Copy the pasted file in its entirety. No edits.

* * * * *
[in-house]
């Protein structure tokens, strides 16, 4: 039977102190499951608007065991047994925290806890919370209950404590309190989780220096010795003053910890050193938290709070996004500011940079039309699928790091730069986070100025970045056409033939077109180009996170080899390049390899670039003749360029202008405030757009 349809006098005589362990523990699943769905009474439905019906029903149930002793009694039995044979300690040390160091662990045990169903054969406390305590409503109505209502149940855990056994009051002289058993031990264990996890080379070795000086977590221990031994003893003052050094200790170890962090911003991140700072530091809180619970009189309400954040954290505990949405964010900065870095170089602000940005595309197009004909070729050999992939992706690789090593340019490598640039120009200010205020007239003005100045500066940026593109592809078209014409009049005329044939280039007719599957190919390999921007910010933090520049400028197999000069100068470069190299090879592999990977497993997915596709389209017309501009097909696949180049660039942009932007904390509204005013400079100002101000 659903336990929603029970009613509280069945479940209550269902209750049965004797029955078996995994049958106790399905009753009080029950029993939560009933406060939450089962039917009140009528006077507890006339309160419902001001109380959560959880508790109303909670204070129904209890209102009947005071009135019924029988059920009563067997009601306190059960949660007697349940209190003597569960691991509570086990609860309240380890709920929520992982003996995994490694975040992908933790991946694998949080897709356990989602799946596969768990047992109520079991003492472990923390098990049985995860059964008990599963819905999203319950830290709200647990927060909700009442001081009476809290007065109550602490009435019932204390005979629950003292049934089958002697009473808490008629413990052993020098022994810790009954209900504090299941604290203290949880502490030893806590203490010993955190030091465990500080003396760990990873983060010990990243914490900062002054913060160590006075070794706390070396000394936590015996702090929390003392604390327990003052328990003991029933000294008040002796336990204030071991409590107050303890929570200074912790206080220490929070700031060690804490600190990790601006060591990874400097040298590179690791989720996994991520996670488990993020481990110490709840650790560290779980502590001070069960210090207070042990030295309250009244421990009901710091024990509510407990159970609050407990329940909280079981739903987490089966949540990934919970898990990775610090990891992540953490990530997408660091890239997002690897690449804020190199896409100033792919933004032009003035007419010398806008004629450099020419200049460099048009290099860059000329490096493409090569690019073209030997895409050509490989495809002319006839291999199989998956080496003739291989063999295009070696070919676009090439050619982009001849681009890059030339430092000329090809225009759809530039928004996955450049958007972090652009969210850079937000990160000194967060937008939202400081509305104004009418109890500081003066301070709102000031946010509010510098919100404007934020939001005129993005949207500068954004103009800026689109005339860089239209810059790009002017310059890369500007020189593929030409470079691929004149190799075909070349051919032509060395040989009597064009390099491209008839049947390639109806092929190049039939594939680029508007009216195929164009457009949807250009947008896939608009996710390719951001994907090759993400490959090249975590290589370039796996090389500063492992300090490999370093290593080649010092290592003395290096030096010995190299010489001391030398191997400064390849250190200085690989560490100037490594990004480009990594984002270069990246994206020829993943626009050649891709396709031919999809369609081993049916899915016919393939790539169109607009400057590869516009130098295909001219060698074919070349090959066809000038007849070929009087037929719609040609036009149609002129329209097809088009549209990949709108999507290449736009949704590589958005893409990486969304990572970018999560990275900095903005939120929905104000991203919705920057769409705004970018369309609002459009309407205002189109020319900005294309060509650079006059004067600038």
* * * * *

[in-house]
């Protein structure tokens, strides 16, 4: 039977102190499951608007065991047994925290806890919370209950404590309190989780220096010795003053910890050193938290709070996004500011940079039309699928790091730069986070100025970045056409033939077109180009996170080899390049390899670039003749360029202008405030757009 349809006098005589362990523990699943769905009474439905019906029903149930002793009694039995044979300690040390160091662990045990169903054969406390305590409503109505209502149940855990056994009051002289058993031990264990996890080379070795000086977590221990031994003893003052050094200790170890962090911003991140700072530091809180619970009189309400954040954290505990949405964010900065870095170089602000940005595309197009004909070729050999992939992706690789090593340019490598640039120009200010205020007239003005100045500066940026593109592809078209014409009049005329044939280039007719599957190919390999921007910010933090520049400028197999000069100068470069190299090879592999990977497993997915596709389209017309501009097909696949180049660039942009932007904390509204005013400079100002101000 659903336990929603029970009613509280069945479940209550269902209750049965004797029955078996995994049958106790399905009753009080029950029993939560009933406060939450089962039917009140009528006077507890006339309160419902001001109380959560959880508790109303909670204070129904209890209102009947005071009135019924029988059920009563067997009601306190059960949660007697349940209190003597569960691991509570086990609860309240380890709920929520992982003996995994490694975040992908933790991946694998949080897709356990989602799946596969768990047992109520079991003492472990923390098990049985995860059964008990599963819905999203319950830290709200647990927060909700009442001081009476809290007065109550602490009435019932204390005979629950003292049934089958002697009473808490008629413990052993020098022994810790009954209900504090299941604290203290949880502490030893806590203490010993955190030091465990500080003396760990990873983060010990990243914490900062002054913060160590006075070794706390070396000394936590015996702090929390003392604390327990003052328990003991029933000294008040002796336990204030071991409590107050303890929570200074912790206080220490929070700031060690804490600190990790601006060591990874400097040298590179690791989720996994991520996670488990993020481990110490709840650790560290779980502590001070069960210090207070042990030295309250009244421990009901710091024990509510407990159970609050407990329940909280079981739903987490089966949540990934919970898990990775610090990891992540953490990530997408660091890239997002690897690449804020190199896409100033792919933004032009003035007419010398806008004629450099020419200049460099048009290099860059000329490096493409090569690019073209030997895409050509490989495809002319006839291999199989998956080496003739291989063999295009070696070919676009090439050619982009001849681009890059030339430092000329090809225009759809530039928004996955450049958007972090652009969210850079937000990160000194967060937008939202400081509305104004009418109890500081003066301070709102000031946010509010510098919100404007934020939001005129993005949207500068954004103009800026689109005339860089239209810059790009002017310059890369500007020189593929030409470079691929004149190799075909070349051919032509060395040989009597064009390099491209008839049947390639109806092929190049039939594939680029508007009216195929164009457009949807250009947008896939608009996710390719951001994907090759993400490959090249975590290589370039796996090389500063492992300090490999370093290593080649010092290592003395290096030096010995190299010489001391030398191997400064390849250190200085690989560490100037490594990004480009990594984002270069990246994206020829993943626009050649891709396709031919999809369609081993049916899915016919393939790539169109607009400057590869516009130098295909001219060698074919070349090959066809000038007849070929009087037929719609040609036009149609002129329209097809088009549209990949709108999507290449736009949704590589958005893409990486969304990572970018999560990275900095903005939120929905104000991203919705920057769409705004970018369309609002459009309407205002189109020319900005294309060509650079006059004067600038």